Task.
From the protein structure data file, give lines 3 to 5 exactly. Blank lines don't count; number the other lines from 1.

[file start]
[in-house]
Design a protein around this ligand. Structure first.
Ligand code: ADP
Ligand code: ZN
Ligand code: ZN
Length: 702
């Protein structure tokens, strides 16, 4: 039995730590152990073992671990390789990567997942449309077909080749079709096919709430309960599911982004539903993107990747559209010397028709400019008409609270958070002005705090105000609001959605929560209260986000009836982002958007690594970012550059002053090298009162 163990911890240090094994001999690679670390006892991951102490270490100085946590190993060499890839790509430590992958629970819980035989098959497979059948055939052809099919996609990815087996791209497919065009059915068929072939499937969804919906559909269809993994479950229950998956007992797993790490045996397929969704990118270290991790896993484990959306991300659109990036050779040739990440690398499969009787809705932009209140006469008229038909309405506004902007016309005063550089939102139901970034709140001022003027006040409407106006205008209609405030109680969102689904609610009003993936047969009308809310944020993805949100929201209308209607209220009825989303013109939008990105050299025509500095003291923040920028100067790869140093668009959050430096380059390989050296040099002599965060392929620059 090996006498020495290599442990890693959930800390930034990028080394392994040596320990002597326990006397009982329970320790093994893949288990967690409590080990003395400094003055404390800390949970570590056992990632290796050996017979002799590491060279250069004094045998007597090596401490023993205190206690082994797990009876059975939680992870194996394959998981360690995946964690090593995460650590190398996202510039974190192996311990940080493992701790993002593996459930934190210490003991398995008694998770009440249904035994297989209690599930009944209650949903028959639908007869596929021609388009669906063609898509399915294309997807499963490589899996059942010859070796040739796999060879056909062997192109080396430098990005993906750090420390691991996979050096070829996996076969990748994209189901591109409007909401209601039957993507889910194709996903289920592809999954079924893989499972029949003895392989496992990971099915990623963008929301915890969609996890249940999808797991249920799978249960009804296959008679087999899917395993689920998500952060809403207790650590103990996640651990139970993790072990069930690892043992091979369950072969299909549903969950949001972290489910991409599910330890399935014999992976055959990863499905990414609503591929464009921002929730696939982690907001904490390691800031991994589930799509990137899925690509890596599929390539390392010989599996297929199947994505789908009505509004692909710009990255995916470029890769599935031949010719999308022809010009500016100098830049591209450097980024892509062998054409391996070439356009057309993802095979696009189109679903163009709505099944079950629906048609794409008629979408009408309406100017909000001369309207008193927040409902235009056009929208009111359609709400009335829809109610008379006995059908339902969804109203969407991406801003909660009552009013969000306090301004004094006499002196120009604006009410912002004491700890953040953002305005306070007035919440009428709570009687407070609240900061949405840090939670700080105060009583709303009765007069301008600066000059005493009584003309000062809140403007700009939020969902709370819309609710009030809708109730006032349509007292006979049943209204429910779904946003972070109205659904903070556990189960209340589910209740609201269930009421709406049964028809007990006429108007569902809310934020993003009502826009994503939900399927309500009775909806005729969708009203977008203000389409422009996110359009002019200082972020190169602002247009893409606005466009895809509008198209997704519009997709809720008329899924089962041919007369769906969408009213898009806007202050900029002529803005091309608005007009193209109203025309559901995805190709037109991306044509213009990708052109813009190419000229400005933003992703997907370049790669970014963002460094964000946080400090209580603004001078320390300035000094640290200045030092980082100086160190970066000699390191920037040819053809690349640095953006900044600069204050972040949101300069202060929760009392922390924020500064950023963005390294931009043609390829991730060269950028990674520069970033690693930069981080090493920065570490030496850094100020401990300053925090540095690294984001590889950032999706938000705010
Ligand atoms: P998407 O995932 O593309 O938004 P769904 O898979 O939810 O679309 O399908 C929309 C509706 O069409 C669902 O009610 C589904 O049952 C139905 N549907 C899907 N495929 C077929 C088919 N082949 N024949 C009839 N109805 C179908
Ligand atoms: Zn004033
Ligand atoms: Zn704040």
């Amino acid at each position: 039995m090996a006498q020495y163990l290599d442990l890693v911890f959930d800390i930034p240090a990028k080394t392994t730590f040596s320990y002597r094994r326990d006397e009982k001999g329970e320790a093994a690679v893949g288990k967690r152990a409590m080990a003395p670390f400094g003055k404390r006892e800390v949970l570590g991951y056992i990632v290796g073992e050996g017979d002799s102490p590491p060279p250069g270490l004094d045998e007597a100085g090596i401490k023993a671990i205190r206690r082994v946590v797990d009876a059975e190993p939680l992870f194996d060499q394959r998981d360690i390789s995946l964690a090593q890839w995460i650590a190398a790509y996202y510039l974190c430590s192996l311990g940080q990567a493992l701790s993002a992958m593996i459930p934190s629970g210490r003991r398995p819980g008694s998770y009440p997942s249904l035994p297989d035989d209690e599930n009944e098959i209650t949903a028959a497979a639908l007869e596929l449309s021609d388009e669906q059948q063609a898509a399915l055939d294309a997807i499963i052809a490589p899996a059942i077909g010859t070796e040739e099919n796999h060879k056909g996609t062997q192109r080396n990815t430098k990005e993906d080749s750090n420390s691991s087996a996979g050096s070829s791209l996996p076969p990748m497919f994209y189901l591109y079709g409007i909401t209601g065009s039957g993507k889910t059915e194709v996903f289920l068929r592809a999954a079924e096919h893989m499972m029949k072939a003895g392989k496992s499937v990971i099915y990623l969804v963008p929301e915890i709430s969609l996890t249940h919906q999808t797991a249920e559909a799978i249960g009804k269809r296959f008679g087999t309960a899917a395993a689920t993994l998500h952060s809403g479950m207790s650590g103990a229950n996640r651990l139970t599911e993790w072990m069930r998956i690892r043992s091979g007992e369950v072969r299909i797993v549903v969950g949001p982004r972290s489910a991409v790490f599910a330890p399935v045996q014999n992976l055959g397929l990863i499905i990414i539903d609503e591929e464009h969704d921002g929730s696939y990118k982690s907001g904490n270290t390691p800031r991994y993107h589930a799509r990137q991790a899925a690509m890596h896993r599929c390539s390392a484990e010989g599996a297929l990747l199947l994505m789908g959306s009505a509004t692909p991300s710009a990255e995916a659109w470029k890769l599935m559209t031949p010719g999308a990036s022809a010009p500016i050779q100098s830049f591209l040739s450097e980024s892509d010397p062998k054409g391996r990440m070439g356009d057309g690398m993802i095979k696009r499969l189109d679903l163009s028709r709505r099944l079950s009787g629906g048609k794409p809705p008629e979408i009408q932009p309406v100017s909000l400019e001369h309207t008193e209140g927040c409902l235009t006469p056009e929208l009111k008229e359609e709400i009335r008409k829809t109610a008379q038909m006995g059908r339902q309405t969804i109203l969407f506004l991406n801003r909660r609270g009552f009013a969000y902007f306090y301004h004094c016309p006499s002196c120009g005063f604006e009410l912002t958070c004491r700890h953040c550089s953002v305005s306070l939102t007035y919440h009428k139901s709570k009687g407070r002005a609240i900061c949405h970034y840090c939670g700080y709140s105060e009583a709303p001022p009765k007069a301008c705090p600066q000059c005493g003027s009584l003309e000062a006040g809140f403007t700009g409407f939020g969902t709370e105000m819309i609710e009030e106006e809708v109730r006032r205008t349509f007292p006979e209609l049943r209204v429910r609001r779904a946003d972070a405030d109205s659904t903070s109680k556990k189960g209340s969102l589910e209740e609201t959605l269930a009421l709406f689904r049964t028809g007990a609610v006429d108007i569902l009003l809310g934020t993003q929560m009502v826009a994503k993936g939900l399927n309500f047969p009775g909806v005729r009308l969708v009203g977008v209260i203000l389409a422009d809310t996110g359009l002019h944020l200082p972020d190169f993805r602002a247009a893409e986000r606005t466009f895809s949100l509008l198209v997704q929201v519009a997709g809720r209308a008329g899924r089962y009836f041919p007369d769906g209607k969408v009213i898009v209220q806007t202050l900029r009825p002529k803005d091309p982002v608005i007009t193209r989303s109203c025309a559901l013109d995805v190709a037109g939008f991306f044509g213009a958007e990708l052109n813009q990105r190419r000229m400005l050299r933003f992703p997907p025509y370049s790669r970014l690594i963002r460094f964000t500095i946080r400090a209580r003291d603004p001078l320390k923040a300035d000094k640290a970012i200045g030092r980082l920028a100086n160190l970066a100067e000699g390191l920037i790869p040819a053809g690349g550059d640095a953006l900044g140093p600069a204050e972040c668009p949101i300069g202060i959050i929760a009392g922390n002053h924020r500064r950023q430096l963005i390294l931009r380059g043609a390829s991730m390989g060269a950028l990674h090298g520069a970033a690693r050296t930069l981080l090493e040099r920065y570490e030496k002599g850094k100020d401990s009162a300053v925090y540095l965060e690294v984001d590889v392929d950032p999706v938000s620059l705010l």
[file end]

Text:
Ligand code: ADP
Ligand code: ZN
Ligand code: ZN